A good chair, making sure that you aren’t having to twist constantly to reach important things, and also good support for your feet can make a significant difference to your posture and help prevent low back pain.
You can learn more about some of the best types of office chairs in our blog called, ‘Best Office Chairs For Low Back Pain’ where we check out some of the top ergonomic furniture for your office.
If you have encountered low back pain at any point in your life then you know that the intensity of the pain can make you want to curl up into a ball, collapse on the couch, or crawl into your bed. Once upon a time it was actually a prescribed treatment for low back pain but new research is debunking this type of treatment.
Data shows that staying in bed for prolonged periods can actually increase your pain by causing your muscles to stiffen. When we aren’t using our muscles they lose their strength and flexibility - in fact you can lose 1% of your muscle strength for every day that you lie in bed. Our bodies are meant for movement, so it is important to fight that urge to just crawl into bed when back pain strikes.
Getting moving can be both scary and painful. It might be a good idea to clear exercise with your doctor, giving you more confidence that you are doing the right thing and reassuring you that the exercise will help your recovery.
There are hundreds of studies that all confirm the benefits of exercise for back pain, from the physical aspect of keeping your muscles strong and flexible, to the mental health benefits of endorphins and a happier outlook on life.
3. Improper Lifting/ Moving
Most of us don’t realize just how much we rely on our backs to get us through the day. Whether we are walking, sitting, standing, or lying, our spines get put through the paces every minute of the day. All of this activity can lead to overuse, strains, and sprains.
Repetitive movements, heavy lifting, injuries, and falls are some of the most common causes of lower back pain. Fortunately most of these causes lead to more acute low back pain than chronic pain, but they are common and they should be addressed as soon as possible to make sure that they don’t turn into something more serious.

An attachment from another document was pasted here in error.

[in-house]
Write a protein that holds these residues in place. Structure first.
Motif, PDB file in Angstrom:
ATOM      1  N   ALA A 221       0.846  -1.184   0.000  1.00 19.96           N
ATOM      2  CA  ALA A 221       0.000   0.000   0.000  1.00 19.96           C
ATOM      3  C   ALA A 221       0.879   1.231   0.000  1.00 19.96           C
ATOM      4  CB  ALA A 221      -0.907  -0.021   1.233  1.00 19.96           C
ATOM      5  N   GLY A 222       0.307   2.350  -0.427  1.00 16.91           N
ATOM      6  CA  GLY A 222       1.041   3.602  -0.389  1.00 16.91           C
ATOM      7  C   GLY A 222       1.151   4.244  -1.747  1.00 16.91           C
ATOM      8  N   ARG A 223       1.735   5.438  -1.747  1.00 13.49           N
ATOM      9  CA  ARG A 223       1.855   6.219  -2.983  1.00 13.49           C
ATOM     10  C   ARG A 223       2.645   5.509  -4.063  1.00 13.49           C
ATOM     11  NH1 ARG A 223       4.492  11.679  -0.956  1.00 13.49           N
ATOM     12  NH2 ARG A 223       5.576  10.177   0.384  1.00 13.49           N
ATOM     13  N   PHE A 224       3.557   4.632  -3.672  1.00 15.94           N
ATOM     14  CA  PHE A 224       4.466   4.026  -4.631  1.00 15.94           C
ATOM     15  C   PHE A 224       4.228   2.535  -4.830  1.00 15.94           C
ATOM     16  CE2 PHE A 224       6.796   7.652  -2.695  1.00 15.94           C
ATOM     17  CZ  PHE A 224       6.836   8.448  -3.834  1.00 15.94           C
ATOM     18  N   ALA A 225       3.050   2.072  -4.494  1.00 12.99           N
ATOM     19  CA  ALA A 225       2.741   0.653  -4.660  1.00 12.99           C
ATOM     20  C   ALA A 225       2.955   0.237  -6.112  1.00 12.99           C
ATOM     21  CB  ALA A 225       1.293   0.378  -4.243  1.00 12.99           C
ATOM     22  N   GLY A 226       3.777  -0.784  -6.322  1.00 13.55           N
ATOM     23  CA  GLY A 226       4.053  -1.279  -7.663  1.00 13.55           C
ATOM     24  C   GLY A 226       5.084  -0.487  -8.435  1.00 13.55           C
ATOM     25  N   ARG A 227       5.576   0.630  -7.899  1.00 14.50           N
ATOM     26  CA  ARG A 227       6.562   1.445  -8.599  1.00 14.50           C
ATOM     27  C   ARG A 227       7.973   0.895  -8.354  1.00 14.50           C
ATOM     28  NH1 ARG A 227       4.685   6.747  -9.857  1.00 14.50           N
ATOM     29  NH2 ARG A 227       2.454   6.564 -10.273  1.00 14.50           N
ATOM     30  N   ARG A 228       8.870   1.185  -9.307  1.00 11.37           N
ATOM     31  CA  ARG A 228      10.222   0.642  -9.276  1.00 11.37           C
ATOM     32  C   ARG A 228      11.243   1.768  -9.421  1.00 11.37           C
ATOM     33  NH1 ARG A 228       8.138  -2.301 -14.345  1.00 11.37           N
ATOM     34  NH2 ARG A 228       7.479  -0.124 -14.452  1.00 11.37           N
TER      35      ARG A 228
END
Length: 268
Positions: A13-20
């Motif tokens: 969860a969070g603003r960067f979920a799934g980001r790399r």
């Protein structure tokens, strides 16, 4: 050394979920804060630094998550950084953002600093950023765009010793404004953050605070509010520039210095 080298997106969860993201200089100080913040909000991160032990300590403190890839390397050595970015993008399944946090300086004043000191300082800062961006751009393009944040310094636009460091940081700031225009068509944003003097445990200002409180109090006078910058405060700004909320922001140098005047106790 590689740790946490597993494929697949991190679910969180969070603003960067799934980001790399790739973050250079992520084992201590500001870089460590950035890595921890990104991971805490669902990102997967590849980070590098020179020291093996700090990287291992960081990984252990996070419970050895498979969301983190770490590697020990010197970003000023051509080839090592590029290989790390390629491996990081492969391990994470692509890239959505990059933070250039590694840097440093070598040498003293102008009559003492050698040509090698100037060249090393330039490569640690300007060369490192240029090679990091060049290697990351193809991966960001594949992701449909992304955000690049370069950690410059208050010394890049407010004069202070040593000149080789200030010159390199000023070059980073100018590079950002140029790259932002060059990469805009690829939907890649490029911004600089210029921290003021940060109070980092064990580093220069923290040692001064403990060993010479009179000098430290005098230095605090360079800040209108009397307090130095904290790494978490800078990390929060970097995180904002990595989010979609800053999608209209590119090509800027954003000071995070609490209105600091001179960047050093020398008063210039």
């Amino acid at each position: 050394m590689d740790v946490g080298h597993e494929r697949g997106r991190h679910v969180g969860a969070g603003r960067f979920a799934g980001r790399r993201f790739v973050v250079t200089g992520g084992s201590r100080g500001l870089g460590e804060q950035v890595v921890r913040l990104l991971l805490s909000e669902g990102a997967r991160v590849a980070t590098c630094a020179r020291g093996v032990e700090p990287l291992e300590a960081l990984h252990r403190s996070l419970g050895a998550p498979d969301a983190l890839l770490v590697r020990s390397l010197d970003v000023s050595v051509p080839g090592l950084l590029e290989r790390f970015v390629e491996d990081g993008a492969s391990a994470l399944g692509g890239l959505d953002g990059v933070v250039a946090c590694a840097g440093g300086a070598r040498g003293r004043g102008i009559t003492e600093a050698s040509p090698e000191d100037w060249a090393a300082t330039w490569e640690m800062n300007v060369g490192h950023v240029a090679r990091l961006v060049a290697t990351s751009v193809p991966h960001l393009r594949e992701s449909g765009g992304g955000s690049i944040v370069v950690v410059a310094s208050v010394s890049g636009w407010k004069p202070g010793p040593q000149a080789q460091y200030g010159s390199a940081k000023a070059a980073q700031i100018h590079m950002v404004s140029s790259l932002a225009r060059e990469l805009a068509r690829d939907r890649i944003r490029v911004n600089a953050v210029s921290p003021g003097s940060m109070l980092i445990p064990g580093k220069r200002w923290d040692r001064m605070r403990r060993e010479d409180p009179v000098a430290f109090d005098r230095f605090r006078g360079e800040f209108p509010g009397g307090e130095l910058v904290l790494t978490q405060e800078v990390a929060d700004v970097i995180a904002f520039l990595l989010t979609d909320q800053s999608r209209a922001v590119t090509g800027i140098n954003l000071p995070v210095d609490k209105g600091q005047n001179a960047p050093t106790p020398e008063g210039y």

Treatment for strained ligaments range from anti-inflammatory medications, to heat/ice therapy. Treatment will often depend on how severe the injury is and what your body responds to the best. It is also important not to keep repeating the movement that caused the injury to begin with.
If your work requires something like repetitive lifting or heavy lifting, taking the time to stretch or warm up before completing the movements can help prepare your body for the task ahead. You can also try asking your employer for special equipment such as a back brace to help support your body through the movement.
For many of us, dealing with low back pain might seem like something we "just have to live with". You might have been dealing with the condition for so long, or think that because a family member has it you too will be destined to deal with it.
Genetics definitely do play a part, but the good news is that there are things that you can do to help improve your back pain. You don't have to just accept that you will be destined to live in pain for the rest of your life.
With just a few tweaks in your routine, these tips have been clinically proven to help reduce back pain and improve quality of life. Why don't you give them a try?